Colorado, 6th Congressional District--Rep. Mike Coffman, R, vs. Morgan Carroll, D
Coffman is the current chairman of the Veterans’ Affairs Committee’s panel on Oversight and Investigations, and in that role has been a pointed critic of the Obama administration’s handling of the Veterans Affairs Department. He was among the first lawmakers to call for former Secretary Eric Shinseki’s ouster, and has supported using VA employees’ bonuses as leverage for better performance. He has called for more VA officials to be fired in the wake of the patient waitlist scandal, and once introduced a bill to furlough all federal employees not working in defense, public health, homeland security or law enforcement for two weeks. Carroll, the former president of the Colorado state senate, is running a competitive race against Coffman; Cook Political Report has rated it as a tossup.
Florida, 7th Congressional District—John Mica, R, vs. Stephanie Murphy, D
As a 12-term incumbent, Mica finds himself in a toss-up race in his Winter Park district against a nationally financed investment firm executive of Vietnamese ancestry. A former chairman of the House Transportation and Infrastructure Committee, Mica has used that post and his current membership on the House Oversight and Government Reform Committee to blast away at Obama administration agencies in their handling of such issues as selling off federal properties, privatizing air traffic control and a long-shot plan to move the Federal Trade Commission out of its offices. Murphy has hit Mica for opposing background checks in the wake of the night club terrorist shooting in nearby Orlando. She also took Mica on for his role in leasing the Old Post Office Building on Washington’s Pennsylvania Avenue to Republican presidential nominee Donald Trump for a just-opened luxury hotel.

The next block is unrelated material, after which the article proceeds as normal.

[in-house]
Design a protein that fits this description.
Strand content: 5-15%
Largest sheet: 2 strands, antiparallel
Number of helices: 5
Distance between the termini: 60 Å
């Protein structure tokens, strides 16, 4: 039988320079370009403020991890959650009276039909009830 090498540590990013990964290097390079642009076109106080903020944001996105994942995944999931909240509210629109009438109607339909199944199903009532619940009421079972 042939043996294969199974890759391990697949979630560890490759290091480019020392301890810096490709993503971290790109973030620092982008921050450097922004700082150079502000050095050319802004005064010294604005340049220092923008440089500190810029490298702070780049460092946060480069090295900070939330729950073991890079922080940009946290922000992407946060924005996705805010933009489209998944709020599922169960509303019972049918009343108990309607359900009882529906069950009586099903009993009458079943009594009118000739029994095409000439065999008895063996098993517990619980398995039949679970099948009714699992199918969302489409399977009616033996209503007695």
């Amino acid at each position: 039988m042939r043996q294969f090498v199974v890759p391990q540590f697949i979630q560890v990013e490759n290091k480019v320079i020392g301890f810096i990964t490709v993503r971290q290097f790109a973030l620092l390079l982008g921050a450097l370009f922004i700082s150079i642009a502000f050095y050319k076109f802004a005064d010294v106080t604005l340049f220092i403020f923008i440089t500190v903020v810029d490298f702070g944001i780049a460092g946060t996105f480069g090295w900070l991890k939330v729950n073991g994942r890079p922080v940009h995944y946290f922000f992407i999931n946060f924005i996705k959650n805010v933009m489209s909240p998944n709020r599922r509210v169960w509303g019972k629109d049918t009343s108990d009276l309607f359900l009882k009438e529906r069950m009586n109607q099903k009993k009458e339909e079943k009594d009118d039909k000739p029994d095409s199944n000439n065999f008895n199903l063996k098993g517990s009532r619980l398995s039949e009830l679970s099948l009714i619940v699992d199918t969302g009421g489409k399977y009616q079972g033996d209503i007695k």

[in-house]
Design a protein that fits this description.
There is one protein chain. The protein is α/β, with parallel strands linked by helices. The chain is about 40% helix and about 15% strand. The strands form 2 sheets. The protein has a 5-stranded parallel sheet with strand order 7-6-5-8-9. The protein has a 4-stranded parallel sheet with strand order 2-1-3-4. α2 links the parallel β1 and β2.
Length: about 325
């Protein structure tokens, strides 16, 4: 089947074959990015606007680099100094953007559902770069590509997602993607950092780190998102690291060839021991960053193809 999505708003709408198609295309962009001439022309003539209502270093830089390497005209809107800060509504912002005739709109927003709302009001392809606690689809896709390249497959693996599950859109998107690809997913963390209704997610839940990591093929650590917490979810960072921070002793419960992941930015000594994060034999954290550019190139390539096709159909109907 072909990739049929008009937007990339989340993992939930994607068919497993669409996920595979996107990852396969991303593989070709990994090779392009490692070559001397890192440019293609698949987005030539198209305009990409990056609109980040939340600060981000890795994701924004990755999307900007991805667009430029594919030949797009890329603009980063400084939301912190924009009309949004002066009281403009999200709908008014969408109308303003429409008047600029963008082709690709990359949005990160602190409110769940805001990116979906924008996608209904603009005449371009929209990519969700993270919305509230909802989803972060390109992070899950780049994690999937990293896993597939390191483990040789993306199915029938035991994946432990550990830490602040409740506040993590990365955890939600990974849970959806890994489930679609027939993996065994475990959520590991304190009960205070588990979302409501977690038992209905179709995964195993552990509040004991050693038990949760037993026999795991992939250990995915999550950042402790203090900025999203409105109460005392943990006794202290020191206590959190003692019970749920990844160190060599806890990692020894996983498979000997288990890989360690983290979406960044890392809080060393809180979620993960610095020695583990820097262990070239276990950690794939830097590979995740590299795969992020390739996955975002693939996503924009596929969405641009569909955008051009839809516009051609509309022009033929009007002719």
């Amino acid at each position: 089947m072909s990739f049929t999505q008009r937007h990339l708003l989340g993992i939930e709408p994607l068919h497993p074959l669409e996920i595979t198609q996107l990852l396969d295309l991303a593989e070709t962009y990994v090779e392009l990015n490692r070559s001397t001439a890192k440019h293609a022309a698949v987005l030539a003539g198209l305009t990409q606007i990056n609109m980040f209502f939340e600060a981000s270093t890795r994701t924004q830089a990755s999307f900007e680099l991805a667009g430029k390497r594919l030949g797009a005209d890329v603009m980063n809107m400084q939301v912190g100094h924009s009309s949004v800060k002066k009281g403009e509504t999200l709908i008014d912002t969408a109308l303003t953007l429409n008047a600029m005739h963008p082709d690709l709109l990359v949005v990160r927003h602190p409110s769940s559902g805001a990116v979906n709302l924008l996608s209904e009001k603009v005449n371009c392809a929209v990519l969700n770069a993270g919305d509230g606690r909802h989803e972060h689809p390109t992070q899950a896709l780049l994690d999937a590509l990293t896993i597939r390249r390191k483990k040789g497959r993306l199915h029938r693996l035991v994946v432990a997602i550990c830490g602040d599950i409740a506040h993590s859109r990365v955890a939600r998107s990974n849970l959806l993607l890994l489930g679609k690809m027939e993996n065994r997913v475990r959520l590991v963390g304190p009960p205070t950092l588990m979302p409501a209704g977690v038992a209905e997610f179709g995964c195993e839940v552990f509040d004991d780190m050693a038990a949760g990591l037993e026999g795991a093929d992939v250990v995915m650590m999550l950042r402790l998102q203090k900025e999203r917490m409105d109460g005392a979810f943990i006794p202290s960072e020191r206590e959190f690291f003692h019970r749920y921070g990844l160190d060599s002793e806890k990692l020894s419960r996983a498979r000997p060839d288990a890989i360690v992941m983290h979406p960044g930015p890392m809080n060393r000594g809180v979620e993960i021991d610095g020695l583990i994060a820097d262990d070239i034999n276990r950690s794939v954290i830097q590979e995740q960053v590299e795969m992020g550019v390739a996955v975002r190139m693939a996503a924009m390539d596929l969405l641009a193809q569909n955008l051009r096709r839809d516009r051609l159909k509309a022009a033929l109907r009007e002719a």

North Carolina, 11th Congressional District – Mark Meadows, R, vs. Rick Bryson, D